C-section rates released

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Cesarean sections are more common than ever in the U.S. But the rate of C-sections varies dramatically between hospitals—and can be as high as 35 percent ...

... only about 5 percent of C-sections are true emergencies. Another 3 percent are elective, meaning there’s no medical reason to have one. The rest fall into a murky area: the mother plans a vaginal birth but is past her due date, labor isn't progressing as quickly as everyone would like and the baby is growing larger ...

Factors contributing to the increased number of C-sections include older moms-to-be ... heavier pregnant women ... and a rise in induced labor, which increases the chance a woman will need a C-section.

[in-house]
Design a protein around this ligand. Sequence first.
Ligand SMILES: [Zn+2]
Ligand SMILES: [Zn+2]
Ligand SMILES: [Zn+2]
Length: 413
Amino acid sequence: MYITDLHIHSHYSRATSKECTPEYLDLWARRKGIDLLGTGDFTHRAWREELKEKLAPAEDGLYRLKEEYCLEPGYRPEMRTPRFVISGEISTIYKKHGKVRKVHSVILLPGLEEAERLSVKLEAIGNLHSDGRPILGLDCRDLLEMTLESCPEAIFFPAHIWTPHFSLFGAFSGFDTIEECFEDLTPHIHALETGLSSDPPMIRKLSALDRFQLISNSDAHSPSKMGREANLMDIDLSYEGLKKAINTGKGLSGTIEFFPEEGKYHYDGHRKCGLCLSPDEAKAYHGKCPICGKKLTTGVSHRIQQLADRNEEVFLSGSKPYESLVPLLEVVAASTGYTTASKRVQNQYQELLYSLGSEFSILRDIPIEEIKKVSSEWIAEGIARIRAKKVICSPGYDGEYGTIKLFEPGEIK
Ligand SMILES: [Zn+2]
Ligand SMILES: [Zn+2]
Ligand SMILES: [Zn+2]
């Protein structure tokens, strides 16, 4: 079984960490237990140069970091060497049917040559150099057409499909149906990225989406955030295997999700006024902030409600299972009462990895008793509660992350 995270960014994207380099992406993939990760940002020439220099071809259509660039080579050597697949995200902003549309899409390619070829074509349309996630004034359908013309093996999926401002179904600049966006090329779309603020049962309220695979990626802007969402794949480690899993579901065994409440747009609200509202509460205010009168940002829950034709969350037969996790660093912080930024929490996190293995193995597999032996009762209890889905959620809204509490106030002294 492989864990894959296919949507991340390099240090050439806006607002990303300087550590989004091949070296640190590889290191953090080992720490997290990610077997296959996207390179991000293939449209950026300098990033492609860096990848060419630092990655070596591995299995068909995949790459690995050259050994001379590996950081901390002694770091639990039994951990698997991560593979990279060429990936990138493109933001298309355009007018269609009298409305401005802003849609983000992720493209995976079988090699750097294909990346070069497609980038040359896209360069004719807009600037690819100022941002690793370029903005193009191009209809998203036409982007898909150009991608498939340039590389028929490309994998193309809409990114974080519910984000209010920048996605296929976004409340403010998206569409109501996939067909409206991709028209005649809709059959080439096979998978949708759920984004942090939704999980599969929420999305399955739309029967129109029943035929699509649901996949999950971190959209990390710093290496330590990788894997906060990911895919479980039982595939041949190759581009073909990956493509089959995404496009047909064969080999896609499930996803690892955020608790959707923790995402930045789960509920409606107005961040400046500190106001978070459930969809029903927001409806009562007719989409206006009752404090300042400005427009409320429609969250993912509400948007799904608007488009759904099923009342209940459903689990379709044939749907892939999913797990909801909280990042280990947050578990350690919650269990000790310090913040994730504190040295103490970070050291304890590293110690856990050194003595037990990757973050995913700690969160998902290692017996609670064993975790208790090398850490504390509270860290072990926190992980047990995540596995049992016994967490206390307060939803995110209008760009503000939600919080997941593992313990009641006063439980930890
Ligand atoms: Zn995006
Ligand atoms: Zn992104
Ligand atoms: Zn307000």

Technology, such as recording the fetal heart rate, also plays a role: Skittish doctors are more likely to play it safe and perform major abdominal surgery if there’s any hint of trouble.

C-sections can be lifesaving, but research suggests they’re associated with extra risks in comparison with vaginal birth. New moms experience more physical problems, longer recovery ... and more emotional issues. Babies are born by cesarean are less likely to be breastfed and more likely to experience breathing problems at birth and asthma as they get older.

Healthy People 2010, the Centers for Disease Control’s national health campaign, is working to lower the C-section rate to 15 percent among low-risk women giving birth for the first time.

Melissa Maimann, Essential Birth Consulting 0400 418 448